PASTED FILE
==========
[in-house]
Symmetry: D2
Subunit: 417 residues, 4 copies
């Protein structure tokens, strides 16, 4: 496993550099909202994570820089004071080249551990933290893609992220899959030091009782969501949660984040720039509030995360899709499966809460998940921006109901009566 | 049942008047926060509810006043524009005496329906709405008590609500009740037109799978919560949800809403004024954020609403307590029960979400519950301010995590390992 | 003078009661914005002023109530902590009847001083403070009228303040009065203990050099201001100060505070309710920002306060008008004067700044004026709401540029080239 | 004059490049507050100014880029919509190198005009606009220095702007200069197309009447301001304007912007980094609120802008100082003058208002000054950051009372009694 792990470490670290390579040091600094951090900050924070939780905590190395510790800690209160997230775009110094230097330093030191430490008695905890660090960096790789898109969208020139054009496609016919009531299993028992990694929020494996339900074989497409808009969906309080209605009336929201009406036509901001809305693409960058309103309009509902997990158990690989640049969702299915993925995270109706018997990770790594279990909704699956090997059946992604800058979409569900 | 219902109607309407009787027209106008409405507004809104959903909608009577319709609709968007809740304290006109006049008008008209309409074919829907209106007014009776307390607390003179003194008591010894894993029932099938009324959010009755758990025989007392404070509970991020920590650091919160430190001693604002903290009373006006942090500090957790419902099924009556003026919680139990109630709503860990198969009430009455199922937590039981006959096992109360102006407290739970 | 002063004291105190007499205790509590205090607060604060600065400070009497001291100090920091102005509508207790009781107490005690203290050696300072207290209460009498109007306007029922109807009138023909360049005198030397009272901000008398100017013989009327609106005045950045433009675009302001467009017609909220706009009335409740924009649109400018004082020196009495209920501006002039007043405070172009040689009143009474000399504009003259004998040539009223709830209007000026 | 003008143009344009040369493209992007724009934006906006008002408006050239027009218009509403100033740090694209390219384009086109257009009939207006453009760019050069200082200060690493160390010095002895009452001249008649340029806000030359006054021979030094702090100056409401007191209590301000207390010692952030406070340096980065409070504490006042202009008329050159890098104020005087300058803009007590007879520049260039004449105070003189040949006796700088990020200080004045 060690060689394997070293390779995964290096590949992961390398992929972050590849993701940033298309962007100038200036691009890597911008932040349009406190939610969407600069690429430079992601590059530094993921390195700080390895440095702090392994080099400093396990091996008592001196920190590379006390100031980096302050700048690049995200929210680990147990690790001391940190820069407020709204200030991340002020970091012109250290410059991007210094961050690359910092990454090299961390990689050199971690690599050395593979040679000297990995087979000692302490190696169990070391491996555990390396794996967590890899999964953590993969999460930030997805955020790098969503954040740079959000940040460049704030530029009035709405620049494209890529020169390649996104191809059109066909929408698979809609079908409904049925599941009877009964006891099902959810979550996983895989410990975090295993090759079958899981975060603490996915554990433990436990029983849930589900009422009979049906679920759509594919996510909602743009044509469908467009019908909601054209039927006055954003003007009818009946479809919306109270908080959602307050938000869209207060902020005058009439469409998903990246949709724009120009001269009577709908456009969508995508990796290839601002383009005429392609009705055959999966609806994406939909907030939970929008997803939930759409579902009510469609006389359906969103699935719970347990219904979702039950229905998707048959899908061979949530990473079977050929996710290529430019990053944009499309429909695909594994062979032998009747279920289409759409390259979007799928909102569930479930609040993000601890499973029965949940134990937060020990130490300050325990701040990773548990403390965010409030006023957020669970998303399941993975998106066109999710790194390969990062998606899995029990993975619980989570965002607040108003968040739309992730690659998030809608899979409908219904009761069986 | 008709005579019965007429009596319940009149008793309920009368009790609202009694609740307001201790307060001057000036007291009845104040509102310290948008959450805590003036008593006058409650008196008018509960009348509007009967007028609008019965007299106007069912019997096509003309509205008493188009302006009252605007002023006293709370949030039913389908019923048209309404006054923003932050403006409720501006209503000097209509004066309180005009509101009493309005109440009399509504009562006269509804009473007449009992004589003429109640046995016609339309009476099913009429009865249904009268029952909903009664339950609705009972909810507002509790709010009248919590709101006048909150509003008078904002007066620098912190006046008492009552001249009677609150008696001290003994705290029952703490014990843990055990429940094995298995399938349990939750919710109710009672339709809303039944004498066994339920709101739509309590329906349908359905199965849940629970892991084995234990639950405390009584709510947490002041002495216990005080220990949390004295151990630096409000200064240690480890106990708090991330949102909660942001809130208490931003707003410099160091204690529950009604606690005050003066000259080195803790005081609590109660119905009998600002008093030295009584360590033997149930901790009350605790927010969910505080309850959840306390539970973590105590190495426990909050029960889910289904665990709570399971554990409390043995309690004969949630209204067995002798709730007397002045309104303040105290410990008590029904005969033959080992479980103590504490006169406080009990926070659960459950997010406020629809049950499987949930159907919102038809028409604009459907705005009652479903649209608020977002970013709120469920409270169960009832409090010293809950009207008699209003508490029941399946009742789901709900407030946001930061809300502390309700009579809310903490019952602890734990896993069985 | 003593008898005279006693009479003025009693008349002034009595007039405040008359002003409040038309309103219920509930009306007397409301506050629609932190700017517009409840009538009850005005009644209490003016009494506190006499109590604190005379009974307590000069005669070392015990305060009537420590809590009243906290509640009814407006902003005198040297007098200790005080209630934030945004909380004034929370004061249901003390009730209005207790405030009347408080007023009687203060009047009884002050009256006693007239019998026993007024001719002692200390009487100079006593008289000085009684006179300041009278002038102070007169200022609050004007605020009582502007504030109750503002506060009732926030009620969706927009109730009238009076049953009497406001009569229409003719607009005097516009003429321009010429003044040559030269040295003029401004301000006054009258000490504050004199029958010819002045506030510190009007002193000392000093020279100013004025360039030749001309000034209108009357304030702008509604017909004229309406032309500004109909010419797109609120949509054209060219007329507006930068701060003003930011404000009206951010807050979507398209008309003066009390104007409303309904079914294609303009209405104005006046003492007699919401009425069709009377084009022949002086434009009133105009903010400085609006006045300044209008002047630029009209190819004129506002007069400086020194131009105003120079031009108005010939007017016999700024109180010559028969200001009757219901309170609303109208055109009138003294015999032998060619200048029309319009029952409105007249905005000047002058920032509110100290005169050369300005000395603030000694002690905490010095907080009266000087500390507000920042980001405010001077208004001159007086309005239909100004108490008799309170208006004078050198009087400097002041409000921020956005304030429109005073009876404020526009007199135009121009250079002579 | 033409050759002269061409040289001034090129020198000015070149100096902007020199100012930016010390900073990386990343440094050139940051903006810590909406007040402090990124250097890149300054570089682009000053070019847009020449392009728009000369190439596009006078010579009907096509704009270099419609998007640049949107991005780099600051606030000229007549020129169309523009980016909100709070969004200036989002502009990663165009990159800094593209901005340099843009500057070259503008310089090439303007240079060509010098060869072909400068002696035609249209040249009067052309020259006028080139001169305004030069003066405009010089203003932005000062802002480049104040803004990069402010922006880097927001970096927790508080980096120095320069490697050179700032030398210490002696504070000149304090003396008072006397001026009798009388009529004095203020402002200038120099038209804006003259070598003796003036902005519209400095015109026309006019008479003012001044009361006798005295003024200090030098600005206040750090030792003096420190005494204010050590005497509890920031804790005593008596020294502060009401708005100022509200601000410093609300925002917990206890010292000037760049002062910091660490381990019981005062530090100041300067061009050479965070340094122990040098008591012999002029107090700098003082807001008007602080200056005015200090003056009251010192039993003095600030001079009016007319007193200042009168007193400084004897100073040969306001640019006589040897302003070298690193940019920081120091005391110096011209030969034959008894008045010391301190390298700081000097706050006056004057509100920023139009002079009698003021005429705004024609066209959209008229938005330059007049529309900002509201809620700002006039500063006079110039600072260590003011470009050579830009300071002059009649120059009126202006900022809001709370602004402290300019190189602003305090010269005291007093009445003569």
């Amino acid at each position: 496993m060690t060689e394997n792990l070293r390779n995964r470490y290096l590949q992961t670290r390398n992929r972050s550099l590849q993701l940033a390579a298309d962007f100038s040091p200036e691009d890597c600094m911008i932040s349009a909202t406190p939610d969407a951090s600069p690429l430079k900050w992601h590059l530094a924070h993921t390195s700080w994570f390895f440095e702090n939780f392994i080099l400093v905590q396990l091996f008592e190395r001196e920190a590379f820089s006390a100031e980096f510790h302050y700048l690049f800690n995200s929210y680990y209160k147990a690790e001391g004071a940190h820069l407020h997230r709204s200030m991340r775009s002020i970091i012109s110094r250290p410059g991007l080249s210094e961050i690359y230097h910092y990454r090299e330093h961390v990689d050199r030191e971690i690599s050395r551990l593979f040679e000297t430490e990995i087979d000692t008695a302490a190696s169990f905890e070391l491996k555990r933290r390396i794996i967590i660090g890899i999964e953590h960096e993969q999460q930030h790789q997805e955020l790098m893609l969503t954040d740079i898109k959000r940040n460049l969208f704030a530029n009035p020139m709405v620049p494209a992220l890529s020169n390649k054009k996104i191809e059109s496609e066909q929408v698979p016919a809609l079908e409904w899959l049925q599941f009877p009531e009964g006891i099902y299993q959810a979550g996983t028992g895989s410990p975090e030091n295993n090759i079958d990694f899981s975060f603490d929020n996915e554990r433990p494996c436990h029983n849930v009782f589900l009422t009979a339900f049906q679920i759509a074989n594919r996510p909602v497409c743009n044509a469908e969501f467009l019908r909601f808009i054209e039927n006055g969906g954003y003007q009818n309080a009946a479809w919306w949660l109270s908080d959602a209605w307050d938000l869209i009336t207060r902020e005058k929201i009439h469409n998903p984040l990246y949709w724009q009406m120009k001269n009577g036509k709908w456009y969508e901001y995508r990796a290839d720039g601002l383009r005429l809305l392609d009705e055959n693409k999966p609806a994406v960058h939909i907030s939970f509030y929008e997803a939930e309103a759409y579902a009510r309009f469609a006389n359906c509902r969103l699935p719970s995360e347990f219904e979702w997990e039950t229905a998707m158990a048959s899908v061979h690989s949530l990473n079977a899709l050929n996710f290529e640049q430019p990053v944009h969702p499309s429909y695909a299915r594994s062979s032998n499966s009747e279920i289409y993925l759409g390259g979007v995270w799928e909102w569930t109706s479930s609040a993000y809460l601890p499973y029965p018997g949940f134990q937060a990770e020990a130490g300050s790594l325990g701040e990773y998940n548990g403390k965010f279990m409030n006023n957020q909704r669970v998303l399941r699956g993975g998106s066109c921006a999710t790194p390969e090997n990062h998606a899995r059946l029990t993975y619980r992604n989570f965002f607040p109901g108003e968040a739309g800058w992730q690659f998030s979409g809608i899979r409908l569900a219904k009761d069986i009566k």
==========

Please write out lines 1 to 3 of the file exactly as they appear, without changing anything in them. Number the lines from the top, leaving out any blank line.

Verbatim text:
[in-house]
Symmetry: D2
Subunit: 417 residues, 4 copies